About three million children die within one month of life each year in the world. 99% of these deaths occur in developing countries. Among the causes of neonatal mortality, hypothermia (low body temperature) is one of the most important in developing countries, even though up to 40% of deaths associated with hypothermia could be prevented by simple and appropriate thermal management. Skin-to-skin contact (“kangaroo mother care”) that is advocated as the first line intervention to prevent hypothermia is not always possible, especially when phototherapy is also required for the treatment of jaundice.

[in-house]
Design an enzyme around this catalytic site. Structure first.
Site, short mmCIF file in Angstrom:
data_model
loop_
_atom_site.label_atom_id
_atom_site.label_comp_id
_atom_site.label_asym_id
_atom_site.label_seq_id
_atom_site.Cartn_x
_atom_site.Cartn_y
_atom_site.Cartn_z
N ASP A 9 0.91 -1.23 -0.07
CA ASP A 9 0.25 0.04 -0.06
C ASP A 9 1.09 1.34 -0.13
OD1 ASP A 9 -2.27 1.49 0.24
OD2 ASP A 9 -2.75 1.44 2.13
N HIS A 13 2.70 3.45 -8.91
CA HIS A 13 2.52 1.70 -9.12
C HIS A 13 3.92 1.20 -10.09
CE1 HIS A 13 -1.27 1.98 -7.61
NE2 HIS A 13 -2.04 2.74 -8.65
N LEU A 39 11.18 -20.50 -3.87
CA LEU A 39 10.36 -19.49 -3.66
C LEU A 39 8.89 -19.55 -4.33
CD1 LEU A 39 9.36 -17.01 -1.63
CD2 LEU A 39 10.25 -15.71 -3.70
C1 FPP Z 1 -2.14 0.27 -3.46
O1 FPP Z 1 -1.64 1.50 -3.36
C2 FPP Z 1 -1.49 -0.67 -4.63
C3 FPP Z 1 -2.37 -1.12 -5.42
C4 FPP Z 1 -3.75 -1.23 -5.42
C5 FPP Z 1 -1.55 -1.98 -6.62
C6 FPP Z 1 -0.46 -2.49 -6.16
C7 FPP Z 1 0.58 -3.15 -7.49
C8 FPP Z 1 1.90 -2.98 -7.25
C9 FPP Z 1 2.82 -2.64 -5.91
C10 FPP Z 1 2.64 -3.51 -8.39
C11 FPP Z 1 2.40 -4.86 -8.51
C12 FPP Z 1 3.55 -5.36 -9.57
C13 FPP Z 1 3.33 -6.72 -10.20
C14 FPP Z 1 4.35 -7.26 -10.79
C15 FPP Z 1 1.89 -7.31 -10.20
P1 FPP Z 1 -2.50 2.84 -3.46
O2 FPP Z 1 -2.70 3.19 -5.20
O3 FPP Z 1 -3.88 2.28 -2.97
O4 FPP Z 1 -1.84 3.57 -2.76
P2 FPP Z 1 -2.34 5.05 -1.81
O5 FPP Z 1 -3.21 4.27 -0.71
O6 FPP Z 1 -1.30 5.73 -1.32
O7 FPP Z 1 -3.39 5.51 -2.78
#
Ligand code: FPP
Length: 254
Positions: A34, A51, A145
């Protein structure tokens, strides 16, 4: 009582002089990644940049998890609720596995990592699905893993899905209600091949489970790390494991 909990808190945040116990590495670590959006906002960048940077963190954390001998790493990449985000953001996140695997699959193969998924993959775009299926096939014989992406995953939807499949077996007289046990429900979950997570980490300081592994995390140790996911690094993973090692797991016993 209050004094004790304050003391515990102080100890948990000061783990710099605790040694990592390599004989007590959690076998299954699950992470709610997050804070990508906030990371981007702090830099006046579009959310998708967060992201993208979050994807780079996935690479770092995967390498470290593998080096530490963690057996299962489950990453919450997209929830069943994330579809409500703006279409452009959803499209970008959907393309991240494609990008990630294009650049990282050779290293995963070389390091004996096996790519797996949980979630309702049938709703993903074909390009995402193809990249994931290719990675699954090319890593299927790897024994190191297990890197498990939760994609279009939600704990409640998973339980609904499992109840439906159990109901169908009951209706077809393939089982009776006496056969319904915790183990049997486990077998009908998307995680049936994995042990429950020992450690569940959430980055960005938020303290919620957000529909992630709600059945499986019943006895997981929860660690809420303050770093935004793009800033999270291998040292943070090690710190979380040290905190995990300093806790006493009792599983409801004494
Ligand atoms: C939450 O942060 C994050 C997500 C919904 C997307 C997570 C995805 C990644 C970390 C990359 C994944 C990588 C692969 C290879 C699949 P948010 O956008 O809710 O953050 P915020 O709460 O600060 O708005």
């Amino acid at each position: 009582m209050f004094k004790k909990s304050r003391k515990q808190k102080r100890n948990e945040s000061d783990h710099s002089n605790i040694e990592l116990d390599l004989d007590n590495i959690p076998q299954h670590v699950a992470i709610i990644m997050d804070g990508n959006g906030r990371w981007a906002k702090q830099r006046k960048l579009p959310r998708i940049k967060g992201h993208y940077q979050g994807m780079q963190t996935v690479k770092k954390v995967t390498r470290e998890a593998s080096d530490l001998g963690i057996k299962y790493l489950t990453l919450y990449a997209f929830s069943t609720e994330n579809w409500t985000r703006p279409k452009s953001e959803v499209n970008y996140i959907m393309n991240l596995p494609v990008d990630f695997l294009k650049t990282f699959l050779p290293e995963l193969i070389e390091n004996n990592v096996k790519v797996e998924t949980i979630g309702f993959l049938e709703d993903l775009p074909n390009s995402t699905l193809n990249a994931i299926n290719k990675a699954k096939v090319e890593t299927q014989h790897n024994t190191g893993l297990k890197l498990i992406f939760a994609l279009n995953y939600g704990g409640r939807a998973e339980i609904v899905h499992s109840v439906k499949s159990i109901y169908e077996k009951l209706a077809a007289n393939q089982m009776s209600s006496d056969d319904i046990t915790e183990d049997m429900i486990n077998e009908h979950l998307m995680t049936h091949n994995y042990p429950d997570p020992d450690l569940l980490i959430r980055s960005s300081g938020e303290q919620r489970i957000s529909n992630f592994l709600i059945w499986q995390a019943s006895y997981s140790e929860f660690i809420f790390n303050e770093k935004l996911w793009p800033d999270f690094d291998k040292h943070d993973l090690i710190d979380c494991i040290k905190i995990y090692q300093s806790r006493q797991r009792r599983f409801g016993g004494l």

Most existing medical devices existing for industrialized countries cannot fulfill – or be adapted to fulfill – the technical specifications of the context of district hospitals in developing countries. Neither can they fulfill the stringent requirement of a radical reduction of the “cost of ownership” (total cost of the device during its complete lifecycle). Attempts have been made to develop appropriate incubators or simplified infant warmers. They suffer from a series of drawbacks like inability to be carried into industrial production and solutions not meeting safety standards.